Articles Posted in Blood Alcohol Content (BAC)

During Fourth of July weekend in 2021, New York State Police officers issued 10,238 tickets during its holiday weekend enforcement campaign. Governor Andrew Cuomo explained that this ticketing by law enforcement officials saved numerous lives across the state. The special enforcement period was Friday, July 2 – July 5, 2021.

The campaign used a range of measures to stop drunk or reckless holiday driving. These measures included sobriety checkpoints, along with ticketing of distracted drivers and reckless driving. During the campaign, 648 crashes were investigated. In the course of these crashes, there were 2 deaths and 122 injured accident victims. State troopers arrested 195 drivers for driving while intoxicated. They arrested 3955 drivers for speeding violations and 202 drivers for distracted driving violations, such as looking at a phone while driving. There were 671 violations involving failure to wear a seatbelt. For comparison, 8214 tickets were issued in the 2020 Fourth of July holiday enforcement campaign with 180 arrests for DWI.

Types of traffic arrests over the holiday weekend can also be broken down by different troops in the Hudson Valley. For example, there were 1319 traffic tickets issued by Troop F. The same troop had 17 DWI violations and 425 speeding violations.

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This summer, a driver who was traveling at three times the legal limit was pulled over during a holiday weekend on I-287 in Harrison, New York. Although he was pulled over because of a traffic violation, the police quickly figured out he was intoxicated. After wholly failing field sobriety tests, he was required to take a chemical test at the precinct. Once the police brought him into custody, he was tested. His blood alcohol content was 0.27%. Prosecutors charged him with aggravated driving while intoxicated (DWI).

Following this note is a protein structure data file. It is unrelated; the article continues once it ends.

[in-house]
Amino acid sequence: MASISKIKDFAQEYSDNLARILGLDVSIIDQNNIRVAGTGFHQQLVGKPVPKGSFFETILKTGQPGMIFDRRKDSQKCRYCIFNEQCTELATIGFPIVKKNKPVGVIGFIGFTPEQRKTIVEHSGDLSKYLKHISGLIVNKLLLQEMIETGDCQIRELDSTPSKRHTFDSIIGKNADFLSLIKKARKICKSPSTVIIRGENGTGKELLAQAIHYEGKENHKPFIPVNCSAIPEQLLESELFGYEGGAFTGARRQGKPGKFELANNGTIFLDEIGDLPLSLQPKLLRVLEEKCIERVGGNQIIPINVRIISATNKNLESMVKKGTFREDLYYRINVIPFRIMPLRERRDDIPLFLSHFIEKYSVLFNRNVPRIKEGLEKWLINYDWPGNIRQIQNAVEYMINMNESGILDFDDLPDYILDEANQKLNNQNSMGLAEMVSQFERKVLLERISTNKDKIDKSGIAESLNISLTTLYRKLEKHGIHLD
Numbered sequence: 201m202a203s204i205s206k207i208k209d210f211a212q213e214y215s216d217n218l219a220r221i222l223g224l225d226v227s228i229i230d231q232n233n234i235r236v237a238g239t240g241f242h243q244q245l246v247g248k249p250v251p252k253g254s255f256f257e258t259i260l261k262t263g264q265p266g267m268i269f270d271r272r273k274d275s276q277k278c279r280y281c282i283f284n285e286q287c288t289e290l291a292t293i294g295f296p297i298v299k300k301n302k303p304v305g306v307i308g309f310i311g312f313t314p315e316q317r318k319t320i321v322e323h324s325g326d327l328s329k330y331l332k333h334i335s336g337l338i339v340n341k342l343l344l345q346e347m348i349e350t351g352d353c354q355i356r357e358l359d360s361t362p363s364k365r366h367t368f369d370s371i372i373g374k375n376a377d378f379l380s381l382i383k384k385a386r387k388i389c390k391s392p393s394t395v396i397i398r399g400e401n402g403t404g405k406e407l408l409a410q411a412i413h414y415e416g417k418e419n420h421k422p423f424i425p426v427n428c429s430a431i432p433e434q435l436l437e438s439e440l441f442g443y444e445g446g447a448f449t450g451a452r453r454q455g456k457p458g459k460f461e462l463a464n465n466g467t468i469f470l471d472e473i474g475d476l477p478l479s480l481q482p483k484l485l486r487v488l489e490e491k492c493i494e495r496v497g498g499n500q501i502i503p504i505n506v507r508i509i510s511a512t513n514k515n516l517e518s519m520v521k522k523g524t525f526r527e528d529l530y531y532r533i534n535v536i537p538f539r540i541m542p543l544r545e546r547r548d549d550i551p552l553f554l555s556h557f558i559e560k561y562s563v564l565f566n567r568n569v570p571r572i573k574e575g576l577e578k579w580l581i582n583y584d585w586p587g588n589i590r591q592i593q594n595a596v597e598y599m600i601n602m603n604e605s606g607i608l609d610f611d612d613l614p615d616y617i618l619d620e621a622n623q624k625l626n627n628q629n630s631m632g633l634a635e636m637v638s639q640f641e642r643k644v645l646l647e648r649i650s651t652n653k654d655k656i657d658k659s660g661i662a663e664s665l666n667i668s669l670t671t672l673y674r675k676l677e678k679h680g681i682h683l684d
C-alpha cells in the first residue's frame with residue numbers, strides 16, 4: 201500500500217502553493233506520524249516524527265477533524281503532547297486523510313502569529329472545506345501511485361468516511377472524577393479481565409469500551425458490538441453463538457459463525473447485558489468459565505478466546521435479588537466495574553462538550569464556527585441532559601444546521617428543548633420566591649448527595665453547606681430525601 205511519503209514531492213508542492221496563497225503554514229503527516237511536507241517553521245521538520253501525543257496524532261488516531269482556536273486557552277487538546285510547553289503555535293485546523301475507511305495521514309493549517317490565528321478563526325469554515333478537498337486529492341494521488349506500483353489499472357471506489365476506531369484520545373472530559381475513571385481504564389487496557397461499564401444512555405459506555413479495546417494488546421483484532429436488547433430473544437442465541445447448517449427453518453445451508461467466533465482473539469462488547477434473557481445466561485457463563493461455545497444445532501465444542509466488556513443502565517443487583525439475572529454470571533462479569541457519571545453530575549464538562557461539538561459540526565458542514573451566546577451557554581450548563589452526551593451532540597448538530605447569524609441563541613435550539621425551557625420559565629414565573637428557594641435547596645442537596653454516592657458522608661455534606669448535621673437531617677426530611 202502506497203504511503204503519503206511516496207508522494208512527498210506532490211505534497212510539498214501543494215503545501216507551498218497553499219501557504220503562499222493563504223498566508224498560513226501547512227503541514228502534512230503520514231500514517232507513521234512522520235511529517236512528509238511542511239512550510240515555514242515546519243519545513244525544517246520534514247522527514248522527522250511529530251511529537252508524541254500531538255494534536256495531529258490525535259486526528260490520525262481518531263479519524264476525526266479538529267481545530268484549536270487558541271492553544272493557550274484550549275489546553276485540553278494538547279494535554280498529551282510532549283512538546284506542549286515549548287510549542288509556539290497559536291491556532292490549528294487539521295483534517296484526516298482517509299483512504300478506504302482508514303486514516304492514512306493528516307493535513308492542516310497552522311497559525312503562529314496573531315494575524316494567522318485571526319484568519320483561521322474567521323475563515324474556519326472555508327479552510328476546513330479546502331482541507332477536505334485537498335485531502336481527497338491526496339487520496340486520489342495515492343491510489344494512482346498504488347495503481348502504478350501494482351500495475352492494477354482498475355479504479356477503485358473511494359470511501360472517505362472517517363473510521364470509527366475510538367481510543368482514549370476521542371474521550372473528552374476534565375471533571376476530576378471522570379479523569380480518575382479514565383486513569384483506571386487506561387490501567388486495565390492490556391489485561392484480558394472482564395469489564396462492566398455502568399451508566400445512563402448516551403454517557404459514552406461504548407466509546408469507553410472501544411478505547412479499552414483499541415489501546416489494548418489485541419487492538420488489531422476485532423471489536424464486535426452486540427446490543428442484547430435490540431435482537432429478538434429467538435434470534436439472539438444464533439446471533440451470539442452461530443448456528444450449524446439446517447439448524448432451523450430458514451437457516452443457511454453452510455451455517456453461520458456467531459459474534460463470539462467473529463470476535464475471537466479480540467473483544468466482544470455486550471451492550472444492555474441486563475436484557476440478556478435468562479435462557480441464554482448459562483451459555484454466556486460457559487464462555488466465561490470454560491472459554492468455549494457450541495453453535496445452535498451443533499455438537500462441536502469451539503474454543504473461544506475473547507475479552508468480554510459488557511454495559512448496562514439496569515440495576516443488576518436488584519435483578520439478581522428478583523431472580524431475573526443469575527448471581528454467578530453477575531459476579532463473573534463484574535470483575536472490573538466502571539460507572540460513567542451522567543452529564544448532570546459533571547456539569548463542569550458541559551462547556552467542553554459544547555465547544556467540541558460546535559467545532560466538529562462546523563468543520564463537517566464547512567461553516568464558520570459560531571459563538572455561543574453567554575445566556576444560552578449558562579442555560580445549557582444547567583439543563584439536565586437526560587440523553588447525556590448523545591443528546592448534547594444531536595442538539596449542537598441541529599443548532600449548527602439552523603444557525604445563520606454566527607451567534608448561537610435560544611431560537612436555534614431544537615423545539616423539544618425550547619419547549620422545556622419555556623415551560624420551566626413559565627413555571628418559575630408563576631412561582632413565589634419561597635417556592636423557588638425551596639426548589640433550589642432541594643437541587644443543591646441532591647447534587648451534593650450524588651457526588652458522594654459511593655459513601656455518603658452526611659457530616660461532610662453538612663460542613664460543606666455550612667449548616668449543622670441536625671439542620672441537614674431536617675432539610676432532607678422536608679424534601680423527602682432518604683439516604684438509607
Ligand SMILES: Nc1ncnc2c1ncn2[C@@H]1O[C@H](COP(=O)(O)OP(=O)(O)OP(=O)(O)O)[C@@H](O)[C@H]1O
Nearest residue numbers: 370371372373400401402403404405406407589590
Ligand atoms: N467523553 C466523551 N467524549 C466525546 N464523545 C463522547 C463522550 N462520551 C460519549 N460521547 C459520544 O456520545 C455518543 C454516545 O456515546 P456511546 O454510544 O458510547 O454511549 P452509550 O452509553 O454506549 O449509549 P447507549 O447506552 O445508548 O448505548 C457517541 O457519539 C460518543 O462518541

Blood alcohol content (BAC) of 0.27% is exceptionally high — more than three times the legal limit. While prosecutors can charge you for being over the legal limit if you operate a motor vehicle with a BAC of .08 or higher, you can be charged with aggravated DWI if you drive with a BAC of 0.18% or higher. In this case, the chemical test showed the driver had a far higher blood alcohol content than the minimum used to charge aggravated DWI.

You should be aware that the penalties for aggravated DWI are harsh. If you are convicted of aggravated DWI, you could be jailed for one year and fined $1000-$2500. But jail time and fines aren’t the only potential consequences. Your driver’s license could be revoked for at least one year. You will be ordered to participate in a MADD victim impact panel. Additionally, the court will order substance abuse treatment through, among others, Treatment Alternatives for Safer Communities (TASC), a state-run agency. Initially, TASC will ask questions to determine your treatment needs in connection with drug and alcohol use. You will then be referred to a program to be provided treatment.

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In New York State, driving with a Blood Alcohol Content (BAC) of .08 or above constitutes Driving While Intoxicated. In November of 2006, our legislature implemented a new law which created the charge of Aggravated Driving While Intoxicated in New York, which is defined as operating a motor vehicle with a blood alcohol content of .18 or above. The question to be discussed in this article is “If my BAC is above the .08 minimum for a DWI, but below the .18 to be charged with an Aggravated DWI, what are my chances of getting the reduced charge of a New York DWAI? (Driving While Ability Impaired).

The answer is that the eligibility for a reduction to the lesser charge of DWAI, which is a violation, not a misdemeanor like the DWI (and which results in only a 90 day suspension of your license rather than a 6 month revocation) depends on the County where you were charged. For example, in Westchester County, if you have a BAC of .14 or above, it is very unlikely if not impossible that you will have a chance to get the reduced charge of DWAI. There is a little more flexibility in Putnam County, and at The Law Office Of Mark A. Siesel in White Plains, New York, we have had clients who we were able to get a DWAI with a higher BAC than .14 in Putnam County, assuming that there was no property damage, no one was injured, and this was their first offense.

In many of the boroughs such as Manhattan, Queens and Brooklyn, if your BAC is .13 or higher, you are not likely to get a reduced charge and are facing a New York DWI. In Nassau County, the policies are even more strict, and a blood alcohol content of .12 and above will likely prevent a reduced charge.

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